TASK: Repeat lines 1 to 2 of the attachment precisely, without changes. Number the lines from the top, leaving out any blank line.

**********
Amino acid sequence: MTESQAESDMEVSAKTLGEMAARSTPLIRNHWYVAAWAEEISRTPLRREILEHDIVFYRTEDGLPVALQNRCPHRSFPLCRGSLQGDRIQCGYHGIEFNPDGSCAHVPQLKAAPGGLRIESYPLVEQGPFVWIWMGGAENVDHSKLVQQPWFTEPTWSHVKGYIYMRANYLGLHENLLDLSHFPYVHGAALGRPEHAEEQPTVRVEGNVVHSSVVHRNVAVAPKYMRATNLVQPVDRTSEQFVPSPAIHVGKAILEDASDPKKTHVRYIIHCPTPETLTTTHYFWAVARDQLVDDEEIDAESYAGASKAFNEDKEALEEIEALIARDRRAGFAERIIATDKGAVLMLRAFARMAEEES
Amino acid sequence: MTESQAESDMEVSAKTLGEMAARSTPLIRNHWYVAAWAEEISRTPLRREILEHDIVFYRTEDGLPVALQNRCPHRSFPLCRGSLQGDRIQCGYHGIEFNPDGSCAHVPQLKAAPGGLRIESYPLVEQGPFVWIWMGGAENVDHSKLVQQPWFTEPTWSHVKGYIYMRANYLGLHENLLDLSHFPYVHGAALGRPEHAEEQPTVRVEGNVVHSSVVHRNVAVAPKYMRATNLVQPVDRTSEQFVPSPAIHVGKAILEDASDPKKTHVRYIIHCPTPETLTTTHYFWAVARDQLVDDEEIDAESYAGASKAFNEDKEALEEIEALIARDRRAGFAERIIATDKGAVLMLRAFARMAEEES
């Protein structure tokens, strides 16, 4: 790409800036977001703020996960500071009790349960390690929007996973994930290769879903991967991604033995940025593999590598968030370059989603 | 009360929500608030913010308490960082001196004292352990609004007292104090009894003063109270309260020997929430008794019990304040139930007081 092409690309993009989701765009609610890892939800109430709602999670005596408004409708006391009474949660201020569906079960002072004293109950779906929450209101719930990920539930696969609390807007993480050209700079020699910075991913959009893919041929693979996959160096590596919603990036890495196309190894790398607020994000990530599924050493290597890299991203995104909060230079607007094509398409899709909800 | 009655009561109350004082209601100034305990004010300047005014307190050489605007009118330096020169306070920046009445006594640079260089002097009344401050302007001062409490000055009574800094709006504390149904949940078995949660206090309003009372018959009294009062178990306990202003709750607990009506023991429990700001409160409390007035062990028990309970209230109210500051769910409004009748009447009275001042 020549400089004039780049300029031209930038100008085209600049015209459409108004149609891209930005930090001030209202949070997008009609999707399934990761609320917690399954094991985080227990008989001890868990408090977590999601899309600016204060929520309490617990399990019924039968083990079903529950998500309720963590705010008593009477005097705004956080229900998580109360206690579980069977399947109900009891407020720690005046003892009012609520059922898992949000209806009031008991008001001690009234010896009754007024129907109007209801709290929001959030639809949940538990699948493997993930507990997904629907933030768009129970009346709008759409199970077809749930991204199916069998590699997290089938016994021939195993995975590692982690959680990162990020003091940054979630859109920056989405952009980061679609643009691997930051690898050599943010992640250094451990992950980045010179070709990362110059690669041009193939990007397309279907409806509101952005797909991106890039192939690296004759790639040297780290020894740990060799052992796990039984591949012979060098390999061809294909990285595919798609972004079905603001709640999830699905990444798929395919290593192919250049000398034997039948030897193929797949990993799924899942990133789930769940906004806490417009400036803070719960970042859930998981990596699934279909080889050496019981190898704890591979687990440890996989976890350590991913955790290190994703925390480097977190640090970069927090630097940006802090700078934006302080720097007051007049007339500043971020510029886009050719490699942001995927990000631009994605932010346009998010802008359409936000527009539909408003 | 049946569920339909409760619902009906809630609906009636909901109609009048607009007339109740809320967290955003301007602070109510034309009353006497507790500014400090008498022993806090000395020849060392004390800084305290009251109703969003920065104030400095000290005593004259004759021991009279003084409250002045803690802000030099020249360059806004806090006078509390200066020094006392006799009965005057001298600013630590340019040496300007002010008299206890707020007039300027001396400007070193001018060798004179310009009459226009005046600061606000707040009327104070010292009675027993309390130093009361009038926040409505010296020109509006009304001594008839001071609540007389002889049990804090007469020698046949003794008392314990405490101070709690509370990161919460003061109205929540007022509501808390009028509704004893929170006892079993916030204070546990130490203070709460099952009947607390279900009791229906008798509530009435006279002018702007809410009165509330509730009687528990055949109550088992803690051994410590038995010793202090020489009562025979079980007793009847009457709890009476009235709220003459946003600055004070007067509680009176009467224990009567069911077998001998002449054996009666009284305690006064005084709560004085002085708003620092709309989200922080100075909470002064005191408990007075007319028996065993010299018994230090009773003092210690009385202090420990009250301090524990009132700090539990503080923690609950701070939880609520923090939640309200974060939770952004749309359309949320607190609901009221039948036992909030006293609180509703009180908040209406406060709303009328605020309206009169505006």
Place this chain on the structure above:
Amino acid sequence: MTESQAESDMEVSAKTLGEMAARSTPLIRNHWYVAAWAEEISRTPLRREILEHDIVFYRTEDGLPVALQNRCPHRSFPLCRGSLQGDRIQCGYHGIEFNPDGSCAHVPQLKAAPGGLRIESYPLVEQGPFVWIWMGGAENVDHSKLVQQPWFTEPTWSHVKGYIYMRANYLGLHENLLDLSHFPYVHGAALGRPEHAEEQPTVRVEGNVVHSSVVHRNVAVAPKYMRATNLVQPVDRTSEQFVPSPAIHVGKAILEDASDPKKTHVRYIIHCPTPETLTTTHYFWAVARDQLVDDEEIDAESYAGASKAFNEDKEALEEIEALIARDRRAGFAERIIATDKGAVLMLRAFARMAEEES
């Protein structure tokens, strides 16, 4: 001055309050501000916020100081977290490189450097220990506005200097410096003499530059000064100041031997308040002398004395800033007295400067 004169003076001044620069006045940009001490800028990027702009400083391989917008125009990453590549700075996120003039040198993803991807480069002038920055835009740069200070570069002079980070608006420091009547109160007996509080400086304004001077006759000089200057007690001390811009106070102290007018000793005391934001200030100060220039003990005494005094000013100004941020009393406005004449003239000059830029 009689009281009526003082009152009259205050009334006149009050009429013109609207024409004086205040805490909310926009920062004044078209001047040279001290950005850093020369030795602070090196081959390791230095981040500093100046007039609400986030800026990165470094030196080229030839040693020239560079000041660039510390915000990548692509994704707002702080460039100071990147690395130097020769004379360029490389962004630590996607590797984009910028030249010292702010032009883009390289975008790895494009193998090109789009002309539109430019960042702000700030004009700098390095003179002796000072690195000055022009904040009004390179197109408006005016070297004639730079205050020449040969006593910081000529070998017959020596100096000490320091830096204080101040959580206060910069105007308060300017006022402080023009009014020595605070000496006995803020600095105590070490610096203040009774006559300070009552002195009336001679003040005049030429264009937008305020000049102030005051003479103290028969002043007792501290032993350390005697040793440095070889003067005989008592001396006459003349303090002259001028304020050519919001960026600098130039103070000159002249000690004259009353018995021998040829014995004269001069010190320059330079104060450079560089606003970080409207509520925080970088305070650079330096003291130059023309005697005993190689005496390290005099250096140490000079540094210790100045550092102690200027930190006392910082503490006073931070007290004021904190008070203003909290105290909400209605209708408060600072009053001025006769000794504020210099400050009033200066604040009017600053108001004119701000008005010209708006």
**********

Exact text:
Amino acid sequence: MTESQAESDMEVSAKTLGEMAARSTPLIRNHWYVAAWAEEISRTPLRREILEHDIVFYRTEDGLPVALQNRCPHRSFPLCRGSLQGDRIQCGYHGIEFNPDGSCAHVPQLKAAPGGLRIESYPLVEQGPFVWIWMGGAENVDHSKLVQQPWFTEPTWSHVKGYIYMRANYLGLHENLLDLSHFPYVHGAALGRPEHAEEQPTVRVEGNVVHSSVVHRNVAVAPKYMRATNLVQPVDRTSEQFVPSPAIHVGKAILEDASDPKKTHVRYIIHCPTPETLTTTHYFWAVARDQLVDDEEIDAESYAGASKAFNEDKEALEEIEALIARDRRAGFAERIIATDKGAVLMLRAFARMAEEES
Amino acid sequence: MTESQAESDMEVSAKTLGEMAARSTPLIRNHWYVAAWAEEISRTPLRREILEHDIVFYRTEDGLPVALQNRCPHRSFPLCRGSLQGDRIQCGYHGIEFNPDGSCAHVPQLKAAPGGLRIESYPLVEQGPFVWIWMGGAENVDHSKLVQQPWFTEPTWSHVKGYIYMRANYLGLHENLLDLSHFPYVHGAALGRPEHAEEQPTVRVEGNVVHSSVVHRNVAVAPKYMRATNLVQPVDRTSEQFVPSPAIHVGKAILEDASDPKKTHVRYIIHCPTPETLTTTHYFWAVARDQLVDDEEIDAESYAGASKAFNEDKEALEEIEALIARDRRAGFAERIIATDKGAVLMLRAFARMAEEES